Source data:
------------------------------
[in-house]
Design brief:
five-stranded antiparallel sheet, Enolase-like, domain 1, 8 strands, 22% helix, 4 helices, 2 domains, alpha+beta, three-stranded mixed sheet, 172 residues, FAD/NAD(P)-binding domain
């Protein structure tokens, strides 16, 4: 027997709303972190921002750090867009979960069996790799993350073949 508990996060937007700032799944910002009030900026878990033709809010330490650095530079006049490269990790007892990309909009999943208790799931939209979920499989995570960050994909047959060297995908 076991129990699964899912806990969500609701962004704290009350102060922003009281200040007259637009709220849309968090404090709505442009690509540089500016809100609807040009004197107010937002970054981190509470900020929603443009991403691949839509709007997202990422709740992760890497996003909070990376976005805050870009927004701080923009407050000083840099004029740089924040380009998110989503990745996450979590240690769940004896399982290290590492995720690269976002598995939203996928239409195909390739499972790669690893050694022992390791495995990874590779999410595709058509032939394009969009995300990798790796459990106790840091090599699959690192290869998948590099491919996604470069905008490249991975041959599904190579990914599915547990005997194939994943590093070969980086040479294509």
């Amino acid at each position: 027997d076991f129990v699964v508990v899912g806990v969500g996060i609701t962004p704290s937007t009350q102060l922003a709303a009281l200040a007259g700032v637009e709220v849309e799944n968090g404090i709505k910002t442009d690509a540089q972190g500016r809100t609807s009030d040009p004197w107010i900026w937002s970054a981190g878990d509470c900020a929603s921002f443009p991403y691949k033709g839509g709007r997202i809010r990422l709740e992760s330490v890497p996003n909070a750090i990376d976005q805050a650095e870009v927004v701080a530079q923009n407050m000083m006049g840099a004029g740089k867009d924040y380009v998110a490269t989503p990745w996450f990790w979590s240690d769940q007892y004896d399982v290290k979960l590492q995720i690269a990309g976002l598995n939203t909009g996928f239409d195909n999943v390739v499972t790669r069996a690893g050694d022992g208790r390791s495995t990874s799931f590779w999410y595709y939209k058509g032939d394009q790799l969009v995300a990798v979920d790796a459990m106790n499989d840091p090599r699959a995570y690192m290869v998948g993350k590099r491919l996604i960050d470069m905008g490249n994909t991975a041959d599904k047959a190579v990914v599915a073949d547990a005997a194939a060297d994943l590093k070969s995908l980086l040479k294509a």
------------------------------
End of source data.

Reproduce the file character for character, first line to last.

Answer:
[in-house]
Design brief:
five-stranded antiparallel sheet, Enolase-like, domain 1, 8 strands, 22% helix, 4 helices, 2 domains, alpha+beta, three-stranded mixed sheet, 172 residues, FAD/NAD(P)-binding domain
């Protein structure tokens, strides 16, 4: 027997709303972190921002750090867009979960069996790799993350073949 508990996060937007700032799944910002009030900026878990033709809010330490650095530079006049490269990790007892990309909009999943208790799931939209979920499989995570960050994909047959060297995908 076991129990699964899912806990969500609701962004704290009350102060922003009281200040007259637009709220849309968090404090709505442009690509540089500016809100609807040009004197107010937002970054981190509470900020929603443009991403691949839509709007997202990422709740992760890497996003909070990376976005805050870009927004701080923009407050000083840099004029740089924040380009998110989503990745996450979590240690769940004896399982290290590492995720690269976002598995939203996928239409195909390739499972790669690893050694022992390791495995990874590779999410595709058509032939394009969009995300990798790796459990106790840091090599699959690192290869998948590099491919996604470069905008490249991975041959599904190579990914599915547990005997194939994943590093070969980086040479294509």
């Amino acid at each position: 027997d076991f129990v699964v508990v899912g806990v969500g996060i609701t962004p704290s937007t009350q102060l922003a709303a009281l200040a007259g700032v637009e709220v849309e799944n968090g404090i709505k910002t442009d690509a540089q972190g500016r809100t609807s009030d040009p004197w107010i900026w937002s970054a981190g878990d509470c900020a929603s921002f443009p991403y691949k033709g839509g709007r997202i809010r990422l709740e992760s330490v890497p996003n909070a750090i990376d976005q805050a650095e870009v927004v701080a530079q923009n407050m000083m006049g840099a004029g740089k867009d924040y380009v998110a490269t989503p990745w996450f990790w979590s240690d769940q007892y004896d399982v290290k979960l590492q995720i690269a990309g976002l598995n939203t909009g996928f239409d195909n999943v390739v499972t790669r069996a690893g050694d022992g208790r390791s495995t990874s799931f590779w999410y595709y939209k058509g032939d394009q790799l969009v995300a990798v979920d790796a459990m106790n499989d840091p090599r699959a995570y690192m290869v998948g993350k590099r491919l996604i960050d470069m905008g490249n994909t991975a041959d599904k047959a190579v990914v599915a073949d547990a005997a194939a060297d994943l590093k070969s995908l980086l040479k294509a």